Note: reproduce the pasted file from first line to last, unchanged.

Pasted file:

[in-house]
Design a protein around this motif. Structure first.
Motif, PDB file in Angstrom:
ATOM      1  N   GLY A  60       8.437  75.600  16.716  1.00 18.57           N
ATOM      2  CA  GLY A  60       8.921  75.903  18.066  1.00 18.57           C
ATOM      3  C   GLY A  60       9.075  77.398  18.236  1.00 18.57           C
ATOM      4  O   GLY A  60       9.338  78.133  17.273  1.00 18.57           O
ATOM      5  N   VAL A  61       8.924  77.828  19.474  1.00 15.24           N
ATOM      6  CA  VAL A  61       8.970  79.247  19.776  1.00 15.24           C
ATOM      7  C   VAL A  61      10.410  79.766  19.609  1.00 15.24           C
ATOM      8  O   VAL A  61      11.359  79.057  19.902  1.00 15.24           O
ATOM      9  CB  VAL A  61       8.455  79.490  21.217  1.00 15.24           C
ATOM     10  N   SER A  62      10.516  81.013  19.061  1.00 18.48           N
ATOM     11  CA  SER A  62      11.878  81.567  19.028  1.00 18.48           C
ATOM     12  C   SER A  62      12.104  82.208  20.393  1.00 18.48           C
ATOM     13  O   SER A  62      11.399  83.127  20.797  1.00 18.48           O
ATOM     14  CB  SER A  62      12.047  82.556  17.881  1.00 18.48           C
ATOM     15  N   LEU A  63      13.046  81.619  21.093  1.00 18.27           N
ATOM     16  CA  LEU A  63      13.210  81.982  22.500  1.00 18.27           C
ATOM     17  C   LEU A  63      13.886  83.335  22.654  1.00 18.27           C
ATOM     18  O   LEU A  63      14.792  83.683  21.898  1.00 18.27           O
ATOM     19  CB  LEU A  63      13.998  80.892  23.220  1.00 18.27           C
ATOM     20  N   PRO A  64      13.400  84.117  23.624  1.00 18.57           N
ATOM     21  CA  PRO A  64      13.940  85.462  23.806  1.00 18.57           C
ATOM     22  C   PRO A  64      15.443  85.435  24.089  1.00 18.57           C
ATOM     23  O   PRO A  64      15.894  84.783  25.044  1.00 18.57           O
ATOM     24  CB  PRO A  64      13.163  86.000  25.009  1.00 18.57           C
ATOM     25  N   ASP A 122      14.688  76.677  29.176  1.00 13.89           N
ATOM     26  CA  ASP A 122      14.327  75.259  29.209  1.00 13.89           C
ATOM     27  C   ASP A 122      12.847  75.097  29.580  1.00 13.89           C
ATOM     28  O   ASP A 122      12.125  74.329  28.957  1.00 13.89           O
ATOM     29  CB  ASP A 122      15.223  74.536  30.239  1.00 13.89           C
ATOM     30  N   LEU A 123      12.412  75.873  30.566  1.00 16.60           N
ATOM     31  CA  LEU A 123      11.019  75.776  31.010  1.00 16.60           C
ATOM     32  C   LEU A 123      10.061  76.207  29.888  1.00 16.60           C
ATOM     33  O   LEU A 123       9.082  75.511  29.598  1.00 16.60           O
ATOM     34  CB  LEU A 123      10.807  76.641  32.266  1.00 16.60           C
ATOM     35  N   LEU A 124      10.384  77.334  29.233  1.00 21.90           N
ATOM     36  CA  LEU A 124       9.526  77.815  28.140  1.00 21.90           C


[in-house]
Design a protein around this motif. Structure first.
Motif, PDB file in Angstrom:
ATOM      1  N   GLY A  60       8.437  75.600  16.716  1.00 18.57           N
ATOM      2  CA  GLY A  60       8.921  75.903  18.066  1.00 18.57           C
ATOM      3  C   GLY A  60       9.075  77.398  18.236  1.00 18.57           C
ATOM      4  O   GLY A  60       9.338  78.133  17.273  1.00 18.57           O
ATOM      5  N   VAL A  61       8.924  77.828  19.474  1.00 15.24           N
ATOM      6  CA  VAL A  61       8.970  79.247  19.776  1.00 15.24           C
ATOM      7  C   VAL A  61      10.410  79.766  19.609  1.00 15.24           C
ATOM      8  O   VAL A  61      11.359  79.057  19.902  1.00 15.24           O
ATOM      9  CB  VAL A  61       8.455  79.490  21.217  1.00 15.24           C
ATOM     10  N   SER A  62      10.516  81.013  19.061  1.00 18.48           N
ATOM     11  CA  SER A  62      11.878  81.567  19.028  1.00 18.48           C
ATOM     12  C   SER A  62      12.104  82.208  20.393  1.00 18.48           C
ATOM     13  O   SER A  62      11.399  83.127  20.797  1.00 18.48           O
ATOM     14  CB  SER A  62      12.047  82.556  17.881  1.00 18.48           C
ATOM     15  N   LEU A  63      13.046  81.619  21.093  1.00 18.27           N
ATOM     16  CA  LEU A  63      13.210  81.982  22.500  1.00 18.27           C
ATOM     17  C   LEU A  63      13.886  83.335  22.654  1.00 18.27           C
ATOM     18  O   LEU A  63      14.792  83.683  21.898  1.00 18.27           O
ATOM     19  CB  LEU A  63      13.998  80.892  23.220  1.00 18.27           C
ATOM     20  N   PRO A  64      13.400  84.117  23.624  1.00 18.57           N
ATOM     21  CA  PRO A  64      13.940  85.462  23.806  1.00 18.57           C
ATOM     22  C   PRO A  64      15.443  85.435  24.089  1.00 18.57           C
ATOM     23  O   PRO A  64      15.894  84.783  25.044  1.00 18.57           O
ATOM     24  CB  PRO A  64      13.163  86.000  25.009  1.00 18.57           C
ATOM     25  N   ASP A 122      14.688  76.677  29.176  1.00 13.89           N
ATOM     26  CA  ASP A 122      14.327  75.259  29.209  1.00 13.89           C
ATOM     27  C   ASP A 122      12.847  75.097  29.580  1.00 13.89           C
ATOM     28  O   ASP A 122      12.125  74.329  28.957  1.00 13.89           O
ATOM     29  CB  ASP A 122      15.223  74.536  30.239  1.00 13.89           C
ATOM     30  N   LEU A 123      12.412  75.873  30.566  1.00 16.60           N
ATOM     31  CA  LEU A 123      11.019  75.776  31.010  1.00 16.60           C
ATOM     32  C   LEU A 123      10.061  76.207  29.888  1.00 16.60           C
ATOM     33  O   LEU A 123       9.082  75.511  29.598  1.00 16.60           O
ATOM     34  CB  LEU A 123      10.807  76.641  32.266  1.00 16.60           C
ATOM     35  N   LEU A 124      10.384  77.334  29.233  1.00 21.90           N
ATOM     36  CA  LEU A 124       9.526  77.815  28.140  1.00 21.90           C